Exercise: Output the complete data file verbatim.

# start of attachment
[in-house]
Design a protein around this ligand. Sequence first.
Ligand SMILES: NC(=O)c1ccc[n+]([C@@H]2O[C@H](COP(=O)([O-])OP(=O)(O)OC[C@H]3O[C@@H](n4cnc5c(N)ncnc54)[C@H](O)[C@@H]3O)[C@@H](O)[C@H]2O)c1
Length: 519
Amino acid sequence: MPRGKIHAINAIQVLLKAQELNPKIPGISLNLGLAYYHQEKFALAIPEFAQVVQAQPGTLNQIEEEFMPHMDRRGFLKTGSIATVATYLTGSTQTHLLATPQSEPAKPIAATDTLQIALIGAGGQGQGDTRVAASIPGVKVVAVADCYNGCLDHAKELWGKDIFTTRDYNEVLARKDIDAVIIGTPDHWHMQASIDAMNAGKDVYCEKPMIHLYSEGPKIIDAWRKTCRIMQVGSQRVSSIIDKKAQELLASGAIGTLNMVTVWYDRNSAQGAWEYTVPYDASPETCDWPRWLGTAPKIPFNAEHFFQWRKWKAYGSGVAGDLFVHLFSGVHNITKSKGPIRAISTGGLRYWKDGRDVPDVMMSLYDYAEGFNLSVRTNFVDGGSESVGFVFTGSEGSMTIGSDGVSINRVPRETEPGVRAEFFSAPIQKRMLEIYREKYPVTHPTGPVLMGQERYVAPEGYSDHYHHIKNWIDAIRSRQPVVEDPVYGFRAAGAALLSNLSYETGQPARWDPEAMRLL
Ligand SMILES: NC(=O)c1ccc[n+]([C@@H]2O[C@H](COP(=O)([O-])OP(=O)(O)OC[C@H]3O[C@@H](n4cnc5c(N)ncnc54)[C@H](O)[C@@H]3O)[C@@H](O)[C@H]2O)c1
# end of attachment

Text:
[in-house]
Design a protein around this ligand. Sequence first.
Ligand SMILES: NC(=O)c1ccc[n+]([C@@H]2O[C@H](COP(=O)([O-])OP(=O)(O)OC[C@H]3O[C@@H](n4cnc5c(N)ncnc54)[C@H](O)[C@@H]3O)[C@@H](O)[C@H]2O)c1
Length: 519
Amino acid sequence: MPRGKIHAINAIQVLLKAQELNPKIPGISLNLGLAYYHQEKFALAIPEFAQVVQAQPGTLNQIEEEFMPHMDRRGFLKTGSIATVATYLTGSTQTHLLATPQSEPAKPIAATDTLQIALIGAGGQGQGDTRVAASIPGVKVVAVADCYNGCLDHAKELWGKDIFTTRDYNEVLARKDIDAVIIGTPDHWHMQASIDAMNAGKDVYCEKPMIHLYSEGPKIIDAWRKTCRIMQVGSQRVSSIIDKKAQELLASGAIGTLNMVTVWYDRNSAQGAWEYTVPYDASPETCDWPRWLGTAPKIPFNAEHFFQWRKWKAYGSGVAGDLFVHLFSGVHNITKSKGPIRAISTGGLRYWKDGRDVPDVMMSLYDYAEGFNLSVRTNFVDGGSESVGFVFTGSEGSMTIGSDGVSINRVPRETEPGVRAEFFSAPIQKRMLEIYREKYPVTHPTGPVLMGQERYVAPEGYSDHYHHIKNWIDAIRSRQPVVEDPVYGFRAAGAALLSNLSYETGQPARWDPEAMRLL
Ligand SMILES: NC(=O)c1ccc[n+]([C@@H]2O[C@H](COP(=O)([O-])OP(=O)(O)OC[C@H]3O[C@@H](n4cnc5c(N)ncnc54)[C@H](O)[C@@H]3O)[C@@H](O)[C@H]2O)c1